From education to employment

New legal duties said to “enable not disable”

Legal duties introduced yesterday could “greatly improve” the prospects of disabled people working or hoping to work in colleges and universities across the country.

The University and College Union (UCU) announced that the “Disability Equality Duty” introduced yesterday was a “breakthrough”, with the union proposing practical guidance for implementation.

UCU National Official Roger Kline noted: “The new Equality Duty is a great breakthrough, and UCU is proposing practical things we can do in partnership with managers to ensure that every college and university has a welcoming, positive attitude towards disabled staff and students”.

The new equality duty requires public sector bodies, including colleges and universities, to prevent and tackle disability discrimination and to actively promote equality for disabled people. Colleges and universities also have a duty to involve disabled people in developing good practice, and are advised to consult staff unions.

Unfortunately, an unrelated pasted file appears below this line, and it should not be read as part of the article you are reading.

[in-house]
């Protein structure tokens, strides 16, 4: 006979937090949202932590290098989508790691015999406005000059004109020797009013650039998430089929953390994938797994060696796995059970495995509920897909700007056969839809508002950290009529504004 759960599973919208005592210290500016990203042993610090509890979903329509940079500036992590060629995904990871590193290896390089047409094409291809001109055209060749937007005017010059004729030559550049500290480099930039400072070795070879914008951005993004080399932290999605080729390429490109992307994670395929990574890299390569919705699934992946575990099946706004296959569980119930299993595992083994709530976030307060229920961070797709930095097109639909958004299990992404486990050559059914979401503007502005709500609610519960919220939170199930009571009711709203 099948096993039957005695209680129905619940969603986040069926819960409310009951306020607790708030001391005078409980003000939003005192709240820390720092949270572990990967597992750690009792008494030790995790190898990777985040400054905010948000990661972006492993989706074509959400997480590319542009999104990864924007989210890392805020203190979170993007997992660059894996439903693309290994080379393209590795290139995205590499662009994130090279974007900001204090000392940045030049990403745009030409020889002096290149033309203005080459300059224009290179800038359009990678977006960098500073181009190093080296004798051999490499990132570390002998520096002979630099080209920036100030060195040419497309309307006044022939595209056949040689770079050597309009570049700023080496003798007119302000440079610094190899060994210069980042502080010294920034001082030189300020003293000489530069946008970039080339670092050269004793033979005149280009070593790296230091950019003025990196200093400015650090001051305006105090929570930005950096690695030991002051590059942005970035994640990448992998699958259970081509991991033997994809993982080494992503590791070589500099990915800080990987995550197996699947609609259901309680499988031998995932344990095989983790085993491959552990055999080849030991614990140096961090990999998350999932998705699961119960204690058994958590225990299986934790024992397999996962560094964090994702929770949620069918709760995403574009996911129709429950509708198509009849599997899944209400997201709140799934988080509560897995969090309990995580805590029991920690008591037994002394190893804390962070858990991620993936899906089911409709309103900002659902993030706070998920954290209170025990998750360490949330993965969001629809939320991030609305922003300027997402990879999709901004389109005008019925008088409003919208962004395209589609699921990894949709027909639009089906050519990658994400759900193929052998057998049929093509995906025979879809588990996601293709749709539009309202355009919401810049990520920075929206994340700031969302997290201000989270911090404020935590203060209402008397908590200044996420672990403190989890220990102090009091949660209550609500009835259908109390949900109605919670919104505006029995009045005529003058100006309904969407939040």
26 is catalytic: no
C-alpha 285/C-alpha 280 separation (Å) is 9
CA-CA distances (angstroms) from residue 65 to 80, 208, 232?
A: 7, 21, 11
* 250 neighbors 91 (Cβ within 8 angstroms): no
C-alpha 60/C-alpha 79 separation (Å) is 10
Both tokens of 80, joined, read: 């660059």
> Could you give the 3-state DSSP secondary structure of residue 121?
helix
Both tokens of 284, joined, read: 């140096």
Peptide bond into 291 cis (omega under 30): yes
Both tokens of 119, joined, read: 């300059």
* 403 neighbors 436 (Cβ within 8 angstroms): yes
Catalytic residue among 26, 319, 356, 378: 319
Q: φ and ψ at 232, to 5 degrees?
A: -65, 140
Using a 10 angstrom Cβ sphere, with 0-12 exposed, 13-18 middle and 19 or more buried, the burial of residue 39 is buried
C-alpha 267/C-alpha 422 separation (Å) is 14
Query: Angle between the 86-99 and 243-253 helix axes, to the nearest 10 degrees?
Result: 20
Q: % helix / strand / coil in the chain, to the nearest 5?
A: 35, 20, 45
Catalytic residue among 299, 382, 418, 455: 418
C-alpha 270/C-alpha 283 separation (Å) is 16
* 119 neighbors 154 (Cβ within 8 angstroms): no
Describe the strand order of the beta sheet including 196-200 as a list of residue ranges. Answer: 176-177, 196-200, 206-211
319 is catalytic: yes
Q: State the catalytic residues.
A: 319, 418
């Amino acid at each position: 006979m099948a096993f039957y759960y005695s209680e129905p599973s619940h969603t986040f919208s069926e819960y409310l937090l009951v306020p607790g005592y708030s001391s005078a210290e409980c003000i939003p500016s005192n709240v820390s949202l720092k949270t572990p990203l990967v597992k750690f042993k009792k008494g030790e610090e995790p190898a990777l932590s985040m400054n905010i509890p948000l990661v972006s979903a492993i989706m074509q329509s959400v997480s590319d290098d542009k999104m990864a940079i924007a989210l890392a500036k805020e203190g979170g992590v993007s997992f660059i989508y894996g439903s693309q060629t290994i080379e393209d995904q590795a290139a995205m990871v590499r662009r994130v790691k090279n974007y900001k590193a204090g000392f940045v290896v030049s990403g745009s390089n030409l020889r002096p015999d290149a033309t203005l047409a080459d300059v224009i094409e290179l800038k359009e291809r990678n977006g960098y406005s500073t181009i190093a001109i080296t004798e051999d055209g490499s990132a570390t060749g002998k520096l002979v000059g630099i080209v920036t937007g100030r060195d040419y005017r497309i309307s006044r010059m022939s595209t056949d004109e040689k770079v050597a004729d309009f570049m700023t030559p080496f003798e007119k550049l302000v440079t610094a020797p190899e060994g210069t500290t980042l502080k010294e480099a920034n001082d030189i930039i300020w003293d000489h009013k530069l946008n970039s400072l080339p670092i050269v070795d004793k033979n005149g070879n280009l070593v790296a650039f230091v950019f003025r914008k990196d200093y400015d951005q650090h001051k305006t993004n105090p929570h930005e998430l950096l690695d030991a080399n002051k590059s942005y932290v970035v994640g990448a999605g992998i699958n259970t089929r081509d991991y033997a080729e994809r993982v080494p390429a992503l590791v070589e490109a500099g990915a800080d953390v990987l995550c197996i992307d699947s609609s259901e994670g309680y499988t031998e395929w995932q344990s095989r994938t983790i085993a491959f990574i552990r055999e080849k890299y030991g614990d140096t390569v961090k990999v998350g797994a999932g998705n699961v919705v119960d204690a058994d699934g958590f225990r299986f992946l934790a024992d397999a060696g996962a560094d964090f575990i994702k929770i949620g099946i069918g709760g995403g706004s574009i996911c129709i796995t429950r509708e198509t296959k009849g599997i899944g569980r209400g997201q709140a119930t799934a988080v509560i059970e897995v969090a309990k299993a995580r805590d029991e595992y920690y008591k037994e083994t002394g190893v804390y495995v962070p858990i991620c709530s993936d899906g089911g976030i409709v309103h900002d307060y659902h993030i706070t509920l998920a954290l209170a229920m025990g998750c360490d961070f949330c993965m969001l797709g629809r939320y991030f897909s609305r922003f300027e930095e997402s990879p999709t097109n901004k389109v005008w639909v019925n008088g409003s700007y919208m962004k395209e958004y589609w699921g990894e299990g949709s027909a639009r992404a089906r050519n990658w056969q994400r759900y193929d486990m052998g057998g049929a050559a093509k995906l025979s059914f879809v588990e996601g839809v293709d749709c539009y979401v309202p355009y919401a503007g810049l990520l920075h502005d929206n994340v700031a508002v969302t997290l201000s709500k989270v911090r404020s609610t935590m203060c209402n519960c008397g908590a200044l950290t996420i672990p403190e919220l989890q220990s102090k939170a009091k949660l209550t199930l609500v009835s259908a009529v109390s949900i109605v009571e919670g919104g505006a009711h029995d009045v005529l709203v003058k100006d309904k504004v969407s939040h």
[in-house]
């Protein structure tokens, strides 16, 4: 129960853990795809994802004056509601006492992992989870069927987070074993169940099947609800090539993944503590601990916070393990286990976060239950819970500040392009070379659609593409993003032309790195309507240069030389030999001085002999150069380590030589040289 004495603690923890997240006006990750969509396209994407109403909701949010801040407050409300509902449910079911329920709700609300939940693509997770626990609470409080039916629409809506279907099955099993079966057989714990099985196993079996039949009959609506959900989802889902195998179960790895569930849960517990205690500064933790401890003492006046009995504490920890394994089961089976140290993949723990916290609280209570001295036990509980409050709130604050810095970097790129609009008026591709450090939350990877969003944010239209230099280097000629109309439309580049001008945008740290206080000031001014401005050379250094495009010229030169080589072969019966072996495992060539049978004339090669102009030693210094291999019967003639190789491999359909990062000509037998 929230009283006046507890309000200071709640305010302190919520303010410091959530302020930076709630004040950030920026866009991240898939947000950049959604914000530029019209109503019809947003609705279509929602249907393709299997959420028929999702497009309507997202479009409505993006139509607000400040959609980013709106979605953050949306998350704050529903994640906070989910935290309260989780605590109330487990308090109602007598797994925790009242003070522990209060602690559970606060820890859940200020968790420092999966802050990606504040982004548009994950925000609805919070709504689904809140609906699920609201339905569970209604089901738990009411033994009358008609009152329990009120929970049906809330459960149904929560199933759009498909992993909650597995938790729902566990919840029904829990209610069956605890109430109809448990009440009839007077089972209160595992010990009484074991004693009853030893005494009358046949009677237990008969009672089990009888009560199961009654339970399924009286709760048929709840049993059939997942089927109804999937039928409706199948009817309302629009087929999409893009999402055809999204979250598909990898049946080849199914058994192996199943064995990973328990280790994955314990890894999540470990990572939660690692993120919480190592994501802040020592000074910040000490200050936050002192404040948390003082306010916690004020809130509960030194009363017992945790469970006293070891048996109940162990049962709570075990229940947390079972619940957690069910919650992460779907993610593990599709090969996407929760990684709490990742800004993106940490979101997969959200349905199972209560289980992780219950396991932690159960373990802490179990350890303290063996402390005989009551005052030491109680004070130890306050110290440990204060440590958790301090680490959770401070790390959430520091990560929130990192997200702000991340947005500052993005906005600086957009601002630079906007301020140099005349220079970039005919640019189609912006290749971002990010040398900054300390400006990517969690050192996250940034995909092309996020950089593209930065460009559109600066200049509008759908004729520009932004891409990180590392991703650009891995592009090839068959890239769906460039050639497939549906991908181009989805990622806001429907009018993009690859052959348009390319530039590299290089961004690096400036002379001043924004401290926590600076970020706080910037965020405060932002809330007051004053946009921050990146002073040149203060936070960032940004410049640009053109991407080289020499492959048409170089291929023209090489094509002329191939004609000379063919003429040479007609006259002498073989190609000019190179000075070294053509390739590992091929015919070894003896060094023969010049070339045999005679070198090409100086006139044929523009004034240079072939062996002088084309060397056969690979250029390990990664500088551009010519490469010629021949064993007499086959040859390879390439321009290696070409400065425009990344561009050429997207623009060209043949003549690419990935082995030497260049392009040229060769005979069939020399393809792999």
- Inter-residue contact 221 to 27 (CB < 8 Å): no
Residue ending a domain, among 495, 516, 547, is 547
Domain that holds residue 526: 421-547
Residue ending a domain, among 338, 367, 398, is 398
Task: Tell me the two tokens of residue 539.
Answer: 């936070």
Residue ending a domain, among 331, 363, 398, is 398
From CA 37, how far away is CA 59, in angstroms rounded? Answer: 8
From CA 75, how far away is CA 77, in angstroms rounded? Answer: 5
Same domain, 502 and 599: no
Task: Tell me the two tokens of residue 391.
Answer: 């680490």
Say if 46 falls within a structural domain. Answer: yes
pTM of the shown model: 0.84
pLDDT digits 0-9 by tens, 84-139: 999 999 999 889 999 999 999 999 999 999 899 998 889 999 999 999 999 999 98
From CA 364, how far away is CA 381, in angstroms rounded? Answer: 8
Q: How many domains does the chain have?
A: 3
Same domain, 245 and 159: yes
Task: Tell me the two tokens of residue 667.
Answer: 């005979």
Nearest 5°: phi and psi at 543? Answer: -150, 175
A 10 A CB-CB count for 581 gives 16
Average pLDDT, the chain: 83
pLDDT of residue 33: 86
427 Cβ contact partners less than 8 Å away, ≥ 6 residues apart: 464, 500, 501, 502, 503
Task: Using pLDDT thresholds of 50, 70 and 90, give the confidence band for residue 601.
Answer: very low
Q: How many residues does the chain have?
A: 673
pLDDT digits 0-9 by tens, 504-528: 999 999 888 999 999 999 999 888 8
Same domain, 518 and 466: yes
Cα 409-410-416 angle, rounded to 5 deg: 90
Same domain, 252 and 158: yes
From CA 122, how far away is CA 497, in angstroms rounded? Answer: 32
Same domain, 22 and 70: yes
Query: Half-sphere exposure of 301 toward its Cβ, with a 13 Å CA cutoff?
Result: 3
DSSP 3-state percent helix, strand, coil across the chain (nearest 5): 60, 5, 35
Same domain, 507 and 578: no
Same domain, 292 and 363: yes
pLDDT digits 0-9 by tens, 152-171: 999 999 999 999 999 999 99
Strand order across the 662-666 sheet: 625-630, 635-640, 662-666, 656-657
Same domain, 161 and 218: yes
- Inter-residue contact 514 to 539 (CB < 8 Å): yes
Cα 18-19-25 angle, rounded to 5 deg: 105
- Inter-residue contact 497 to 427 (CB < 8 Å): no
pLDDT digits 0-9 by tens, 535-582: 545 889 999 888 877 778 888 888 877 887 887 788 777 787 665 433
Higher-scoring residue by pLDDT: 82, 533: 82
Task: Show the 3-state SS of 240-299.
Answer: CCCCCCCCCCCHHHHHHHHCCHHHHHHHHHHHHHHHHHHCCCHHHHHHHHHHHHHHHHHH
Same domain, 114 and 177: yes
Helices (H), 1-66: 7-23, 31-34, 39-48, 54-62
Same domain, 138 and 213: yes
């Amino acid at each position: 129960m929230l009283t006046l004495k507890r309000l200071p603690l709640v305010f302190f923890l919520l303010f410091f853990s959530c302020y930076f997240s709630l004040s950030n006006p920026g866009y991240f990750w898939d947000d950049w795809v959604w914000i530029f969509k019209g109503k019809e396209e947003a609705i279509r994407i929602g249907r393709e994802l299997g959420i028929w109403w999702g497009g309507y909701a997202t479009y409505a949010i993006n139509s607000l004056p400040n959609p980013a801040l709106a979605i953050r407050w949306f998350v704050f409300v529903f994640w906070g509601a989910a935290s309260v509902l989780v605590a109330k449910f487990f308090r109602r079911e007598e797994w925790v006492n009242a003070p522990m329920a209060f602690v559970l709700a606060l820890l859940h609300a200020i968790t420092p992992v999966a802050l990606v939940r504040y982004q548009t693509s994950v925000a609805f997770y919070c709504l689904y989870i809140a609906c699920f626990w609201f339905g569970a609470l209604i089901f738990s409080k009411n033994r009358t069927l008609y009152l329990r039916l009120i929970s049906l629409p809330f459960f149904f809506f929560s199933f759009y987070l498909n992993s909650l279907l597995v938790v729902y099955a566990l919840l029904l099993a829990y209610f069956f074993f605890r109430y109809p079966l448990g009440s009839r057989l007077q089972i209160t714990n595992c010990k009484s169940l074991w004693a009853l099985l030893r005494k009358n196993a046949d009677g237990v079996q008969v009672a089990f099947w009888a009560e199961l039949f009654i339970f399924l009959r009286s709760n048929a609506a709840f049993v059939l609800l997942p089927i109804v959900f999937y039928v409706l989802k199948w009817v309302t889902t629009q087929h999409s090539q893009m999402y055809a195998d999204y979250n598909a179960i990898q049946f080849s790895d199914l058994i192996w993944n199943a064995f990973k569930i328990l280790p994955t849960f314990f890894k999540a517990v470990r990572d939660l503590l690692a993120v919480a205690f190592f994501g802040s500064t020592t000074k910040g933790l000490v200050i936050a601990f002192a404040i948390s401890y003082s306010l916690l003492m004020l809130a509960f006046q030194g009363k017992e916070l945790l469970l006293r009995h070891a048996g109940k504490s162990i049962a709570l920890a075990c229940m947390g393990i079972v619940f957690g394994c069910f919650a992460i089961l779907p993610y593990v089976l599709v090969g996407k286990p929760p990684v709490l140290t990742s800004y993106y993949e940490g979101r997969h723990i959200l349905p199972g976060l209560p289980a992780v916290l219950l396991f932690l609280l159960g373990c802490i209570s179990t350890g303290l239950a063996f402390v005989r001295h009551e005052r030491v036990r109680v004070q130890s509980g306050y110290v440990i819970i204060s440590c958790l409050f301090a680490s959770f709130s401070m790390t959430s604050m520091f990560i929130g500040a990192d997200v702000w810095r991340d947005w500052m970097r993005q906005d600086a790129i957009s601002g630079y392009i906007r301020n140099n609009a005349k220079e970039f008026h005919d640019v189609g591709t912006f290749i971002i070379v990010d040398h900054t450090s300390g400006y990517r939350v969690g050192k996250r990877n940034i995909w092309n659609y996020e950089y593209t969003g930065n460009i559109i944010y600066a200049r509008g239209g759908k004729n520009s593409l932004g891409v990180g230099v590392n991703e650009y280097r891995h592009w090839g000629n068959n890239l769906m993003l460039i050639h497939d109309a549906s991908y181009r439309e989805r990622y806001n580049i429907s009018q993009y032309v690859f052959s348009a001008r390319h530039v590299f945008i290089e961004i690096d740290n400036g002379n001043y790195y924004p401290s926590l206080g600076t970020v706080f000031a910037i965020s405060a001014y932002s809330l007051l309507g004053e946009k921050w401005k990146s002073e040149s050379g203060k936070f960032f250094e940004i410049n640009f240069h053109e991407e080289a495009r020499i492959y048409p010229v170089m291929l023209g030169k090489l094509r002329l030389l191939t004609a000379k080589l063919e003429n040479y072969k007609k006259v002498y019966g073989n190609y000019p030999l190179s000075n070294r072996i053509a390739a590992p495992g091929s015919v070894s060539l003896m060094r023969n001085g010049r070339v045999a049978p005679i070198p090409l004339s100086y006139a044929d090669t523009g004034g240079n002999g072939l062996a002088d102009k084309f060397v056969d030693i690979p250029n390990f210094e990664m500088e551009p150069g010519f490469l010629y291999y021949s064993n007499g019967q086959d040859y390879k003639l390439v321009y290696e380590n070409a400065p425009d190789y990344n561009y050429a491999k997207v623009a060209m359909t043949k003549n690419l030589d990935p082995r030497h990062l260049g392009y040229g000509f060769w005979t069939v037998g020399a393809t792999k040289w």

Further, the UCU has created a guide entitled “Enabling not Disabling” to inform members on the rights of disabled staff, and contains a check-list so that the union’s branches can see how their institutions measure up to their new obligations.

Mr Kline added: “The lack of a disability-sensitive culture in many colleges and universities can make disabled staff less likely to take up training or seek promotion. This could explain the vast under-representation of disabled people in positions which they could occupy”.

“Reasonable adjustments” will be made to accommodate existing disabled staff, with a further push to realign recruitment practices so that “suitable disabled candidates are not excluded from consideration”.

Paul Brown, Director with the University of Dundee and part of the UCU’s Disability Members” Group added: “The duty is a landmark in disabled peoples” struggle for fully comprehensive and enforceable civil rights”.

Roisin Kiernan.

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